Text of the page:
Unconditional Love

    July 1999

    The Locked Doors

    In May1998, The Times of London reported that a man named Michael Cope, who had served time for child sexual abuse, had been permanently barred by the Anglican Diocese of South Yorkshire from attending any services in the diocese when young people might be present. "I have spent many years regretting that this happened . . . [and] I have absolutely no intention of offending again," said Mr. Cope. "It will be a hardship of course but it looks like I will not be going to church."

    The issues raised by this incident are difficult, and no easy answers can be provided; indeed, the article noted that Church of England officials offered pastoral care to the man in question. Yet in other respects the incident is symbolic of the manner in which faith communities have chosen to deal with such matters. In many cases, adults who are attracted to minors, both those who have have acted upon their sexual feelings and those who have always been celibate, report feeling alienated from their faith communities. They tell of being rejected by their clergy and by the fellow members of their faith, or of having left their faith communities voluntarily because they had concluded that it was impossible for a minor-attracted adult to belong to a religious faith. Wrote one celibate pedophile:

      I'm 18 now, and I grew up thinking homosexuality was wrong because the good book says it is. Then, at about age 15 I realised I was in love with someone of the same sex. Religious beliefs conflicted with personal feelings. I got suicidal because I could not reconcile the two. Religion almost killed me. Shortly afterward I stopped believing. When another crisis hit me, I turned to God for a short while the crisis being that I realised I wasn't actually gay, but a paedophile . . . and I needed guidance. Guess what, religion was no help again. I asked for it, and my local priest told me I was being influenced by negative forces. I cannot change my sexuality. And since my sexuality is who I am, I cannot be religious.

    Similarly, a heterosexual pedophile who is celibate spoke of his struggles over the years, struggles he felt he could not share with others of his faith:

      To get the satisfaction I needed the pictures had to become more and more explicit and extreme. But suddenly there was a moment when I noticed that there was no photo any more that could give me satisfaction. This was the moment when I noticed that there was only one more way to get the next "kick" (a kick I needed like a drug addict). . . . This was the moment when I got afraid of myself and my [sexual feelings]. . . . Without this site [Baumstark-online, a religious support forum] I would have gone mad, gone to jail, or would have killed myself! Only by trying to come to an understanding of this topic and by ceasing to be isolated was I able to prevent the worst.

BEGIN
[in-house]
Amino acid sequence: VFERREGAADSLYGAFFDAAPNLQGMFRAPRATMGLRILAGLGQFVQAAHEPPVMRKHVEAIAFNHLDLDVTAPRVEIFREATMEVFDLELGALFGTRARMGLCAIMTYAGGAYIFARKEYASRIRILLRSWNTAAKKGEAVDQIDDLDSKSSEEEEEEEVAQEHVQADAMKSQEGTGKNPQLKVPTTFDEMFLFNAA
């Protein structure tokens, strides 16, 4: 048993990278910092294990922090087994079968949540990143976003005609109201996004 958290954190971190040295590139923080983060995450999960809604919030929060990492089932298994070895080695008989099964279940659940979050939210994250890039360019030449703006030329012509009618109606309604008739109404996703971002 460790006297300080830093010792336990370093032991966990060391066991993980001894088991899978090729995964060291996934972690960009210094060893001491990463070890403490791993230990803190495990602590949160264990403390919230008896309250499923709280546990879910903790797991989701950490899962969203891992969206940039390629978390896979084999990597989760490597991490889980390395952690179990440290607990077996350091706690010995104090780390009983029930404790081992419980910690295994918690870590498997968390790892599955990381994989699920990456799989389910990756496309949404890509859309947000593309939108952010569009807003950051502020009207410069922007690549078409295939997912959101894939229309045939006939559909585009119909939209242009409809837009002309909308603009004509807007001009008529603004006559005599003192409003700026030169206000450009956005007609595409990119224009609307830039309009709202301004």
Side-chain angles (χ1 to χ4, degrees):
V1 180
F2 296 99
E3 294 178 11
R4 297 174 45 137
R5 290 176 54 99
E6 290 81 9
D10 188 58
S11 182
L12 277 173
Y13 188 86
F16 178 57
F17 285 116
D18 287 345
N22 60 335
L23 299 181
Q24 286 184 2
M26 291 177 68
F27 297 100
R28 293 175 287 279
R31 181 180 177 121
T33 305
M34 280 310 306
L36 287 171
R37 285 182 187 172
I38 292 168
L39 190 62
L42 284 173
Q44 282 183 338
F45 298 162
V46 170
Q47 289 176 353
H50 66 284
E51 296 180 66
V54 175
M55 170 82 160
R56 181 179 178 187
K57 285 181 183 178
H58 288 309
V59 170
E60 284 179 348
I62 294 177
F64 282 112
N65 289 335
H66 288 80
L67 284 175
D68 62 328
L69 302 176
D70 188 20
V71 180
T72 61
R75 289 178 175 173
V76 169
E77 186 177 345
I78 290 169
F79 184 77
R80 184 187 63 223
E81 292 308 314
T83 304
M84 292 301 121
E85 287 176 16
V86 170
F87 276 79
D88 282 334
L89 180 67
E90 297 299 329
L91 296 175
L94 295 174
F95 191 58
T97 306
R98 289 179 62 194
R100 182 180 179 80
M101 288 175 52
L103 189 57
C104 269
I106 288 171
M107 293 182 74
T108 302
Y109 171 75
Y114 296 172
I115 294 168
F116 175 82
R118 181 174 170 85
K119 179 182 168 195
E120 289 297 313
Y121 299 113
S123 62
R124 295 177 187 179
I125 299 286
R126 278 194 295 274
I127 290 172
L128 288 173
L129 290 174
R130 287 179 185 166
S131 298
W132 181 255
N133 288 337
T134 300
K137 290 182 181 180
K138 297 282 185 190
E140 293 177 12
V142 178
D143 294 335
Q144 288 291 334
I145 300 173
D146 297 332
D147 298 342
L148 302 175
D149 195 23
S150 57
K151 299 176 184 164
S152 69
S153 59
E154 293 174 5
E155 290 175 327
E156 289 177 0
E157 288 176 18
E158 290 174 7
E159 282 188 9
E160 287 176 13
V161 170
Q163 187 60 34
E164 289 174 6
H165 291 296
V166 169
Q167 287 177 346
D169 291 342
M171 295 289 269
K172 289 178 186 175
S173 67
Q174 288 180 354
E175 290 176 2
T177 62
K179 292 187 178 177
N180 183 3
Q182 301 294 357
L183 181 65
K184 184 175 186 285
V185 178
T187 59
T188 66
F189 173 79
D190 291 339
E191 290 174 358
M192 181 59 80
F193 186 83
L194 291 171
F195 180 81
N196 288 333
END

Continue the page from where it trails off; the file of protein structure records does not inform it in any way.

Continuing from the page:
The premise of this site is that it is possible for an adult to be sexually attracted to minors and still belong to a faith community. This is not to say that his behavior is of little importance; his moral decisions are as likely to have significant consequences as are the moral decisions of any other religious person. But this site is founded on the belief that a sexual attraction to young children or youths does not in itself alienate a person from the divine. Adults who are attracted to minors can indeed be religious, not by being hypocrites holding a mock faith, but by showing loyal reverence and devotion toward their God or gods.

    One reason so many adults who are attracted to minors believe that they cannot be religious is that the media rarely connects faith and pedophilia, except to publicize sexual scandals. In recent years, a small amount of publicity has been given to religious resources available to sexual abuse survivors. Religious resources for minor-attracted adults, though, are still scarce and are almost never publicized. The purpose of this site is to provide links to as much information as is available to help sustain minor-attracted adults in their religious lives.

    It should be emphasized that none of the views represented in these links and on-site articles necessarily represent the views of this site's editor; likewise, a link to a site or the inclusion of an article here in no way indicates that the author necessarily endorses the beliefs of the editor. In the words of the editor's faith, "We see through a glass, darkly," and the honest struggles of each author to understand religion and pedophilia may serve either as a cautionary message or as a model for others to follow.

    Not all of the sites that are linked here will be appropriate for every person visiting here, but all have proved useful to some minor-attracted adults as they have sought support in their journeys of faith. As in every other decision in their lives, adults who are attracted to minors will need to take care in making their choices. In this respect, their lives are no different than those of any other religious person.


    © 1998-1999 Heather Elizabeth Peterson
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